7 Ways You Can Find More Time To Sew

Pincushion watch

For me one of the biggest barriers to sewing has always been finding the time. In my mind I need to have 2-3 hours of continuous, uninterrupted time that I can carve out before even sitting down at my machine.  But by using simple strategies I have found that I can actually get some work on a sewing project whenever I have as little as half and hour to spare.

With a husband, three kids, and a dog I realize that I sometimes do more daydreaming about sewing than actual sewing. But when I use the tips below I can turn sewing into something "done'  not just something I dream about doing.

 Tip #1 Set My Intention to Sew: It may be in the back of my mind that when I get home my reward will be to sit down at the sewing machine and sew for a while. That is totally different from setting an intention to sew. When I say to myself  "Today, Im gonna sew for one hour from 7-8pm."  I tend to take myself a bit more seriously than when the thought is just a vague idea in my head.  I find too, that when I say it out loud, or even write it down as a goal for myself, everything seems to conspire to bring it about.   Try it and see if it works for you.

Vintage woman at sewing machine

Tip #2 Make Sewing A Priority:  This tip is a sister to the one above.  I don't need to tell you that as mothers, wives, entrepreneurs and/or employees we don't consistently set ourselves, or what we want to do, as a priority in our lives.  Most of the time I used to feel like if I got myself home from work, got everybody fed, got the dog walked and spent a few minutes watching my husband watch TV, that I had a pretty successful day.  But that really is only part of the story.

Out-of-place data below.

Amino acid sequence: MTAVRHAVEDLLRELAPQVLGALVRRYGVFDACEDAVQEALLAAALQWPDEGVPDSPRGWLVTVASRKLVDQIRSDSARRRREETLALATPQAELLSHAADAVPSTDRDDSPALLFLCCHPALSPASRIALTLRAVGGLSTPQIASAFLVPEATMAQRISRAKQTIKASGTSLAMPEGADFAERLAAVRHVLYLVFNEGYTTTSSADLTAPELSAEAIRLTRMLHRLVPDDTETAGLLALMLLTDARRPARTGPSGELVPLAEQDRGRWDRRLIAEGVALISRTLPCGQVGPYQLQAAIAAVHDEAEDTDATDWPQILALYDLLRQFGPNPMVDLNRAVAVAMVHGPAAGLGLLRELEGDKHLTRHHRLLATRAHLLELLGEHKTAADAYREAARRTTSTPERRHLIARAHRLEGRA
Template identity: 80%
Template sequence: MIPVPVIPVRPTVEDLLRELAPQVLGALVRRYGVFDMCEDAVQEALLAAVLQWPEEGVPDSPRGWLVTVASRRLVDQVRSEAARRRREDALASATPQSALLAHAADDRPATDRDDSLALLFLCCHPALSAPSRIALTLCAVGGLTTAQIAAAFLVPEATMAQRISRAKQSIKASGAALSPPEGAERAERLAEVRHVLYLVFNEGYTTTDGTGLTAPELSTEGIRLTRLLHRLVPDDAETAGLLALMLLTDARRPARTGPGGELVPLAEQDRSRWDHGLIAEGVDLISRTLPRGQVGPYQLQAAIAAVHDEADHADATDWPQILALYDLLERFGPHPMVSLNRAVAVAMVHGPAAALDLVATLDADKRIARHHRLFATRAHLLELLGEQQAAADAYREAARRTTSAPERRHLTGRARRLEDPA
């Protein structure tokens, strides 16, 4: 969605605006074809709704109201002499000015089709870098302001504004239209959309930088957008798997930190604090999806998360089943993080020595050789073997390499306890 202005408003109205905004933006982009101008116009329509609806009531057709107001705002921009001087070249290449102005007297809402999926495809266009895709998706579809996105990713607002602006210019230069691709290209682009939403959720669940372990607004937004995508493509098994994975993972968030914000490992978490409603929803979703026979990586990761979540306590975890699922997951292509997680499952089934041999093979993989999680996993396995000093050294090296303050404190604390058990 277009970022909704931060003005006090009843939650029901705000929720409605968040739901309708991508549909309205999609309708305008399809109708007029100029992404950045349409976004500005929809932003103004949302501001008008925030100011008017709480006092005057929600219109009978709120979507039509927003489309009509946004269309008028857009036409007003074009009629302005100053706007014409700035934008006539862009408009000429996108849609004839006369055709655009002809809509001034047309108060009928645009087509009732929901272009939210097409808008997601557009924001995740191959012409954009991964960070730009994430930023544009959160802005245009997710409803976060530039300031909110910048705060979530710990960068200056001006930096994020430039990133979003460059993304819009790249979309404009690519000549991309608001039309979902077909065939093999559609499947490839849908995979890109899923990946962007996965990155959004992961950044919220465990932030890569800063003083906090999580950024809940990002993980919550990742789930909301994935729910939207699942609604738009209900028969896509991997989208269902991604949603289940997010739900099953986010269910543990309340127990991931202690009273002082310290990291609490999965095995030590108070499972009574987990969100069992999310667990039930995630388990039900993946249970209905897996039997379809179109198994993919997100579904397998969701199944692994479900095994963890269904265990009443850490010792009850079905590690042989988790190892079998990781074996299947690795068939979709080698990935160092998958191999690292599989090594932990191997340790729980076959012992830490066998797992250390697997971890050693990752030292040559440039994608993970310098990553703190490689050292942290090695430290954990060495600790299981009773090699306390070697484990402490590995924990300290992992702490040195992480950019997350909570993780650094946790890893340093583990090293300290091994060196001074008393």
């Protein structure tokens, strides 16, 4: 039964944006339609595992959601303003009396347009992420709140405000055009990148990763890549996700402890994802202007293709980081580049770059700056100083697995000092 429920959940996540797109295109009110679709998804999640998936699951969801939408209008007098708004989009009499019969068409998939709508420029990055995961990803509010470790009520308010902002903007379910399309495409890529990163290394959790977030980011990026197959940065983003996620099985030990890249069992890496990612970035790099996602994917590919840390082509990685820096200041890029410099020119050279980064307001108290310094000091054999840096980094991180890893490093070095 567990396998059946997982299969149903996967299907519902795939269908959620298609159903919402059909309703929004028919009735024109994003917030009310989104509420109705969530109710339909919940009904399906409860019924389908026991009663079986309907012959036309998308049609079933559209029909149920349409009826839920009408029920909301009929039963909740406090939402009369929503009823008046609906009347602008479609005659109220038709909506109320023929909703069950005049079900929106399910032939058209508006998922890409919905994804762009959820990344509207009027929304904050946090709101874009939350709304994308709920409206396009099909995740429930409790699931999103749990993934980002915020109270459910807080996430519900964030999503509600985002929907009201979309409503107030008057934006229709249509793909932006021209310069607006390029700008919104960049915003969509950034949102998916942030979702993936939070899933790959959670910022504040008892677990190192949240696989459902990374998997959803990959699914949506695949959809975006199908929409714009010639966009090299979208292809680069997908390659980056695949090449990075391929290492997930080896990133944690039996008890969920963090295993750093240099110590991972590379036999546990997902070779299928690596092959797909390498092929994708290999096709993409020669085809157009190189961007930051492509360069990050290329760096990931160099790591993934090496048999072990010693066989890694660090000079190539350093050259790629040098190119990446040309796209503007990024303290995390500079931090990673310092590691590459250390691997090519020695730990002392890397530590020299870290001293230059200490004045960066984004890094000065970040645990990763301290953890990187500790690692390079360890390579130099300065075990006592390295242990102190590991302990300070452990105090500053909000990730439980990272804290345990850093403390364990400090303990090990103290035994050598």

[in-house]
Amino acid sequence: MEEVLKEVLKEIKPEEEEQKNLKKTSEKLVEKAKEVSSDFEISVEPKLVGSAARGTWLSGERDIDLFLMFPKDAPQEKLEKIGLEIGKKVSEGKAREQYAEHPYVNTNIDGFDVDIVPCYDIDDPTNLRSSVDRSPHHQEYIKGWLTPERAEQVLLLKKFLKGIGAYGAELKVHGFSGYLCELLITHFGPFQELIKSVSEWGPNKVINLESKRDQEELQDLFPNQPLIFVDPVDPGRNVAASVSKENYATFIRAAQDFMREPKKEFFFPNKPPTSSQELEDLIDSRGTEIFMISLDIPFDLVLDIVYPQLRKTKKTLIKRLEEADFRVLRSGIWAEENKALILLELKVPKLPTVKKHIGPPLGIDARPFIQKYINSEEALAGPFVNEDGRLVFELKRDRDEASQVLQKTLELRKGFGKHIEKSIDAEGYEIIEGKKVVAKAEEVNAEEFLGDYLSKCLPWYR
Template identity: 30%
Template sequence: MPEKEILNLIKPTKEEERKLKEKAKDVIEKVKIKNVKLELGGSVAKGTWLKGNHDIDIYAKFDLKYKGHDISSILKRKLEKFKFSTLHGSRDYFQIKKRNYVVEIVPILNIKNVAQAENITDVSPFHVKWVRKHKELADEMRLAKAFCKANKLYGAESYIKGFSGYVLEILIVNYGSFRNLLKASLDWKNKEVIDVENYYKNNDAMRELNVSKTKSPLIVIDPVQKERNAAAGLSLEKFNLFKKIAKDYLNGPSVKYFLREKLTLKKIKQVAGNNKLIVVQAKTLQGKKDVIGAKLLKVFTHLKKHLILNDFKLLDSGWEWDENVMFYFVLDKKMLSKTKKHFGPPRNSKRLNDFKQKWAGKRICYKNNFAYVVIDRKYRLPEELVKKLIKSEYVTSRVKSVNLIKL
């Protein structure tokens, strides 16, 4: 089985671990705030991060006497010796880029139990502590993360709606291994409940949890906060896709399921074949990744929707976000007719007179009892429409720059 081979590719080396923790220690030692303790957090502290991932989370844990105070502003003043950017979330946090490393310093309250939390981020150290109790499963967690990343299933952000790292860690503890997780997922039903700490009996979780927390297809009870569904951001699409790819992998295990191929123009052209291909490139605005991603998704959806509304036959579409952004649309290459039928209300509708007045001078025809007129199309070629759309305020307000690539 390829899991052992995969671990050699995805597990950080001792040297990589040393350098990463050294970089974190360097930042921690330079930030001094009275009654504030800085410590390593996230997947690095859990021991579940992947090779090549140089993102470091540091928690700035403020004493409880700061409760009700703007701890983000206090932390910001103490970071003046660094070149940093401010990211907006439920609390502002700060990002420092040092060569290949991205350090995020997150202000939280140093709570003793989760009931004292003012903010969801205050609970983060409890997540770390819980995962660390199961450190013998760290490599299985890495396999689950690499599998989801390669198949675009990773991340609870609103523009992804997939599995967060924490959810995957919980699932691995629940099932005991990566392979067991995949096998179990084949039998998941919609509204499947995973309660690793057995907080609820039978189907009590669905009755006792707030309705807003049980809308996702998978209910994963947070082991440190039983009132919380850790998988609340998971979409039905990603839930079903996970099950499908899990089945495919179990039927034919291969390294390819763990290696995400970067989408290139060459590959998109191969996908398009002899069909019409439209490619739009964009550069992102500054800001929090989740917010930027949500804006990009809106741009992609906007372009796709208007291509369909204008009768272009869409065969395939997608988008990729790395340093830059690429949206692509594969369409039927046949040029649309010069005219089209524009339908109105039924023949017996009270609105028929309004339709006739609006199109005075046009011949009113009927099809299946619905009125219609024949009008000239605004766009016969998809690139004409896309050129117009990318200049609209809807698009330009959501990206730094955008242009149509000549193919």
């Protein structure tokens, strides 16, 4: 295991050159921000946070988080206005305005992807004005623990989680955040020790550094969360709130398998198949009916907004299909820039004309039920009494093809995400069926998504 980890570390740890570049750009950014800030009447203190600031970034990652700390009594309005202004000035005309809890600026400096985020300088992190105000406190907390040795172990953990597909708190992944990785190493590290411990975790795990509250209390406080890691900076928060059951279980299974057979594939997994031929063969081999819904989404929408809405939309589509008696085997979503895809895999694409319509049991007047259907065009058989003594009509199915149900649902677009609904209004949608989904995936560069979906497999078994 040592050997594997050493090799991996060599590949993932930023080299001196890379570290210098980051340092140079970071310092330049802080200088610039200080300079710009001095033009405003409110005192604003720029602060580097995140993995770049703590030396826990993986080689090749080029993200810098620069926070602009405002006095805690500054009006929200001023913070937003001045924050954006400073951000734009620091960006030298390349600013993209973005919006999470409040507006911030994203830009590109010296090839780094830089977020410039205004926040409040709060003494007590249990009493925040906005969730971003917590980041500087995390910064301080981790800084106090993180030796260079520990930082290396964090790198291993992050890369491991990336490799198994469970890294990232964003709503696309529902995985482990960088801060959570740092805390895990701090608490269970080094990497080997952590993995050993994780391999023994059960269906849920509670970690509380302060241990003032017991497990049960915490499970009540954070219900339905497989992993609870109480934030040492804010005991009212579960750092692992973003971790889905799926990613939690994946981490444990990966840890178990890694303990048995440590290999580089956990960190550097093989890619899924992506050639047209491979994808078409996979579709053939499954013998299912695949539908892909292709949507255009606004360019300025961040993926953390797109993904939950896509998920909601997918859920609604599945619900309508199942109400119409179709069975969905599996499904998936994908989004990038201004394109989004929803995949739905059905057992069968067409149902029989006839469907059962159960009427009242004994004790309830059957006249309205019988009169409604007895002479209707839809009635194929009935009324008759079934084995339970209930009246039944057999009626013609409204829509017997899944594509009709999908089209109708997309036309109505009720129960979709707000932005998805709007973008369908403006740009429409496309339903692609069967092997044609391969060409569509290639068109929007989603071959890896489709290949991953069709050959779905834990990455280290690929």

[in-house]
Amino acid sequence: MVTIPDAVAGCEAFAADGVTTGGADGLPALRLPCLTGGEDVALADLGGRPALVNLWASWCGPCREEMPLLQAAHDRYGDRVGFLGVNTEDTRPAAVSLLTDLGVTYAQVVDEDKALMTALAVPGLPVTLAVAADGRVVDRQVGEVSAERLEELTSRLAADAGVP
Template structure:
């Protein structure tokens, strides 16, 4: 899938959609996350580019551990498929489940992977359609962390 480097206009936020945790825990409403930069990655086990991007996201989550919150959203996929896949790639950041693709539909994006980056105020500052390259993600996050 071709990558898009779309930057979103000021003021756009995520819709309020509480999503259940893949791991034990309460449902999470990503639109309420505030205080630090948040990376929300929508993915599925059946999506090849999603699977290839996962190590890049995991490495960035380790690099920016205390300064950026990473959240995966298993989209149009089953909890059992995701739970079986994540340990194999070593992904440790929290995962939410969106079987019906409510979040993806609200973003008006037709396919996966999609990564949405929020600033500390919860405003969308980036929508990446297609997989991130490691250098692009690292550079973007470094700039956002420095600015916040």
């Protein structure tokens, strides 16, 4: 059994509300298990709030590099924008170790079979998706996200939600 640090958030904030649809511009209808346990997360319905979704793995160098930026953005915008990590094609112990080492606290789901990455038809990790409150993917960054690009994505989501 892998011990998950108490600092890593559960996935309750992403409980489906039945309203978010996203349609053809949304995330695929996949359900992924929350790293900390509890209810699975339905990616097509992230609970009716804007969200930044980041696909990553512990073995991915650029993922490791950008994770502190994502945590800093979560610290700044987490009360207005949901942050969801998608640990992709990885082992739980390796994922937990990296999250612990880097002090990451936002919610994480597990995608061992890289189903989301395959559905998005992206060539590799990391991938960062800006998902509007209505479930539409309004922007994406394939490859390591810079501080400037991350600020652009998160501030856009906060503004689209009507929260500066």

The real story is that I fell in love with sewing when I was five years old and  watched my grandmother on her old Singer treadle machine.   Seven vintage sewing machines,  4 large bins of fabric and two dress forms later, its time to make this passion a priority. And no one is going to give me permission to do this for myself but me.

Tip #3: Organize, Organize,  Organize The Project:  When I get ready to start a sewing project it helps me to break it down into manageable steps.  If Im organized I find that I can pick up a project from where I left off whenever I have  some spare time in my day.  I think of a sewing project as having 3 steps, with many sub-steps inside. The three steps are:

  • Prep or pre-sewing
  • Sewing
  • the Wrap-Up
Image of woman cutting fabric

These are all of the tasks I do before I actually sit down at the sewing machine.  And while sewing at the machine is the actual best part for me, if I have all of my sewing supplies organized I can get a lot of pleasure out of the prep phase, too.  Prepping is when you:

  • Select the fabric from your stash
  • Press the wrinkles out of your fabric
  • Cut out the pattern
  • Pin the pattern to the fabric
  • Cut out the fabric
  • Transfer the markings from the pattern to the fabric

If you think about it, each of these can often be completed in an hour or less.  And they each can have their own fun factor, if you look at it that way.  Completing a step that helps you make progress in your larger project is very fulfilling and satisfies the "spending some time on me" need that we all have.

Sewing at a machine

This step needs no explanation!  Fun, Fun, Fun!

Sewing Notions
This step comes after most of your sewing project is complete and there are just a few little odds and ends left to do.  Odds and ends might make these tasks sound unimportant, but really this is the step where some of the decisions you make will effect the quality of the overall statement that your project makes. Some of the parts of the wrap-up step are:
  • Button selection 
  • Buttonhole crafting
  • Hemming
  • Final Press
Each of the wrap-up steps could use their own  post related to time-saving, but like the tasks in the prep step, they can each be broken down into smaller tasks that allow you to complete them in an hour or less.
Thats it for now I will cover the last four steps in my next post.
HAPPY STITCHING!